Monday, October 18, 2010

Subjective Prohibitions

When arguing against subjectivism (i.e. desire-based accounts of normative reasons) Parfit puts a lot of weight on the theory's failure to accommodate the datum that everyone has reason to avoid agony: agony-indifferent agents are making a mistake, according to Parfit, whether or not they would admit this upon reflection. I find this pretty persuasive, but I think the argument is more ambitious than it really needs to be, as in its current form it would seem to target nihilists as well as subjectivists. A more modest, and hence even more persuasive, argument against subjectivism would instead focus on the positive normative claims entailed by subjectivism.

For example, imagine Bob is wondering whether or not to torture a puppy. He knows all the relevant facts, which include the following: the puppy would suffer extreme pain, Bob himself would feel nauseous and subsequently loathe himself for so acting, and all else is equal. I take the following to be an obvious truth: it would not be contrary to reason for Bob to refrain from torturing the puppy.

But desire-based views cannot secure this datum. For we may suppose that, no matter his feelings about the matter, Bob has an iron-willed determination to torture puppies. Upon reflection, he endorses torture as an end in itself, as indeed his supreme goal (or desire) that overrides all others, including his future happiness. Desire-based theories therefore imply that Bob ought to torture the puppy, and has decisive reason not to refrain from doing so.

This result is clearly absurd. One might reasonably be a nihilist, and deny that there are any normative properties at all. But if you're going to play the normative game, you cannot plausibly hold that what Bob really ought to do in this case is to torture the puppy (ruining his own life in the process). His iron-willed determination to follow through on his inexplicable and perverse desire is not properly described as the epitomy of reason and good sense. If normatively assessable at all, it is surely just insane.


  1. Is a determination to do something a desire? Not necessarily, since we often do things we don't desire to do. So are you maybe equivocating when you move from "iron willed determination" to "supreme goal (desire)"?

    Also, why make your situation so strong? I mean why make the dude's supreme goal to torture puppies? Do you think your argument doesn't work if you take it down a few notches and torturing puppies is only one of many of his goals?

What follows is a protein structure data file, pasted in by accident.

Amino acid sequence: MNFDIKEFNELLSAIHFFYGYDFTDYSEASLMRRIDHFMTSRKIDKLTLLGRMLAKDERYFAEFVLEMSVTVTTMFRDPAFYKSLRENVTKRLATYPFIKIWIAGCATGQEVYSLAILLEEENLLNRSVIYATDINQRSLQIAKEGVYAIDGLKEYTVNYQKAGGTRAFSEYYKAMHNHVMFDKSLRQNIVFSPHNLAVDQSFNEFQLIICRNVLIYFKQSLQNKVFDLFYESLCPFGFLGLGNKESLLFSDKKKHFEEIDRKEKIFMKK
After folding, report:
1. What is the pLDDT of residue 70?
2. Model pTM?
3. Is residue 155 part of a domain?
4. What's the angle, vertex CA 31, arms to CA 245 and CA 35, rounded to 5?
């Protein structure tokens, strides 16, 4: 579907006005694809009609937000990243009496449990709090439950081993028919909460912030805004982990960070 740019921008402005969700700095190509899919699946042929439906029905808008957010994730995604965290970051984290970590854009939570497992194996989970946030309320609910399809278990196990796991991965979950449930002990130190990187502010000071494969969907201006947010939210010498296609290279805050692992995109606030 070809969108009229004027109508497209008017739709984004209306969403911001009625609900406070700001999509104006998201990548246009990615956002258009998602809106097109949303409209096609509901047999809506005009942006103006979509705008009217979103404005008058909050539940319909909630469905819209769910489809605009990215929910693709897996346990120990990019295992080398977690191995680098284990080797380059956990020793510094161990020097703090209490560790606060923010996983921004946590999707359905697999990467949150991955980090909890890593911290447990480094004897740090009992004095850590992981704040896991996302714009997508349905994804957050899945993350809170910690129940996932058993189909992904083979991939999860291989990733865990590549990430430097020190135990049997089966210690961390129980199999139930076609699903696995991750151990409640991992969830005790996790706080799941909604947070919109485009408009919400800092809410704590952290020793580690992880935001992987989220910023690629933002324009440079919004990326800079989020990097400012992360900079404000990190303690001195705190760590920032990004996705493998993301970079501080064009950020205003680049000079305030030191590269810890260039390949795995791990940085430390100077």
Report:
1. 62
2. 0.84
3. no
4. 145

2. I'm worried that like Parfit you are running a simplistic version of desire-based theories. I think it would be fair to take the best possible theory - something like Mark Schroeder's view from the Slaves of Passions. You could then ask does Mark's theory have the awkward consequences which Parfit and you seem to ascribe to all desire-based views.

    I'm slightly sceptical about this. Mark's view would give Bob both a reason to torture the puppy (this would satisfy his desire to torture puppies) and a reason to refrain from doing so (this would satisfy his desire not to feel nauseous and to loathe himself).

    Now, the question is of course what does Mark's view tell us about the strongest reasons Bob has. At least, he rejects the proportionality between the strengths of reasons and the strength/basicness of desires on which your argument seems to be premised. The account Mark gives of the strength of reasons is very complicated (sometimes I wonder if even understand it) and there are many worries about it (including whether it still is a desire-based account). In any case, in criticising desire-based views it would be good to check what comes out of that theory before drawing any hasty conclusions.

  3. Jussi - thanks, I'll have to look into the details of Schroeder's view. Though couldn't we just construct the case so that the agent doesn't have any such desire "not to feel nauseous [or] to loathe himself"?

    Camus Dude - 'desire' here is used in the broad philosophical sense of motivational state -- the sort of thing that, combined with one's means-end beliefs, issues in action. On your other question, adding competing goals would needlessly muddy the example.

  4. We could. But, on Mark's view, Bob would still probably have a reason not to torture the puppy. Bob only needs to have any desire whatsoever such that not torturing the puppy will make it more likely that that desire is satisfied. The content of this desire can be completely unrelated to the act of torturing puppies as such. Given that Bob probably has a very large number of desires, we probably can the required desire (we can even find reasons to eat cars given that all of us need a bit of iron...).

    So, we won't probably get too few reasons unless we go to really far-fetched possibilities and bizarre desire-sets. The question is however can we get the weights right. If the strength of the reasons depends on the weights of our desires, we won't. But, Schroeder's view does try to deal with this issue.


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